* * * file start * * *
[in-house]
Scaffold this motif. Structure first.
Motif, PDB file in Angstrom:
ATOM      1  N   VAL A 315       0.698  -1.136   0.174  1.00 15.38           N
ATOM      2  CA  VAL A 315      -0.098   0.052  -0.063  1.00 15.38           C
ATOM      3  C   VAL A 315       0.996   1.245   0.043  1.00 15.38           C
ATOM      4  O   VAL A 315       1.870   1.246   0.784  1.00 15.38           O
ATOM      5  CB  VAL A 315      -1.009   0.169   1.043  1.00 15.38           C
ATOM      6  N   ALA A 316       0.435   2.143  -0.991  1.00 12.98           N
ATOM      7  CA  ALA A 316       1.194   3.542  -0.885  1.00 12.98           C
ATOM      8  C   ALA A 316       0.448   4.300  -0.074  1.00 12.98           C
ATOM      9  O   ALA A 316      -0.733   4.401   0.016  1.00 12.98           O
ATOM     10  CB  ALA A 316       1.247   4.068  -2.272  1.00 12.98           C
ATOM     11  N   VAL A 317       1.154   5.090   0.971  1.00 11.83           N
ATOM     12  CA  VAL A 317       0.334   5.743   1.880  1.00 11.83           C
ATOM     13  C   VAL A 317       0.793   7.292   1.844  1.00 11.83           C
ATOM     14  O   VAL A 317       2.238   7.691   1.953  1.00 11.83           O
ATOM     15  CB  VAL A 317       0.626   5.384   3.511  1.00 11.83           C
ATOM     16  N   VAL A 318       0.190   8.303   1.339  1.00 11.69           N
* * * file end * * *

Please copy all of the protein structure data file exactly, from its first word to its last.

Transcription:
[in-house]
Scaffold this motif. Structure first.
Motif, PDB file in Angstrom:
ATOM      1  N   VAL A 315       0.698  -1.136   0.174  1.00 15.38           N
ATOM      2  CA  VAL A 315      -0.098   0.052  -0.063  1.00 15.38           C
ATOM      3  C   VAL A 315       0.996   1.245   0.043  1.00 15.38           C
ATOM      4  O   VAL A 315       1.870   1.246   0.784  1.00 15.38           O
ATOM      5  CB  VAL A 315      -1.009   0.169   1.043  1.00 15.38           C
ATOM      6  N   ALA A 316       0.435   2.143  -0.991  1.00 12.98           N
ATOM      7  CA  ALA A 316       1.194   3.542  -0.885  1.00 12.98           C
ATOM      8  C   ALA A 316       0.448   4.300  -0.074  1.00 12.98           C
ATOM      9  O   ALA A 316      -0.733   4.401   0.016  1.00 12.98           O
ATOM     10  CB  ALA A 316       1.247   4.068  -2.272  1.00 12.98           C
ATOM     11  N   VAL A 317       1.154   5.090   0.971  1.00 11.83           N
ATOM     12  CA  VAL A 317       0.334   5.743   1.880  1.00 11.83           C
ATOM     13  C   VAL A 317       0.793   7.292   1.844  1.00 11.83           C
ATOM     14  O   VAL A 317       2.238   7.691   1.953  1.00 11.83           O
ATOM     15  CB  VAL A 317       0.626   5.384   3.511  1.00 11.83           C
ATOM     16  N   VAL A 318       0.190   8.303   1.339  1.00 11.69           N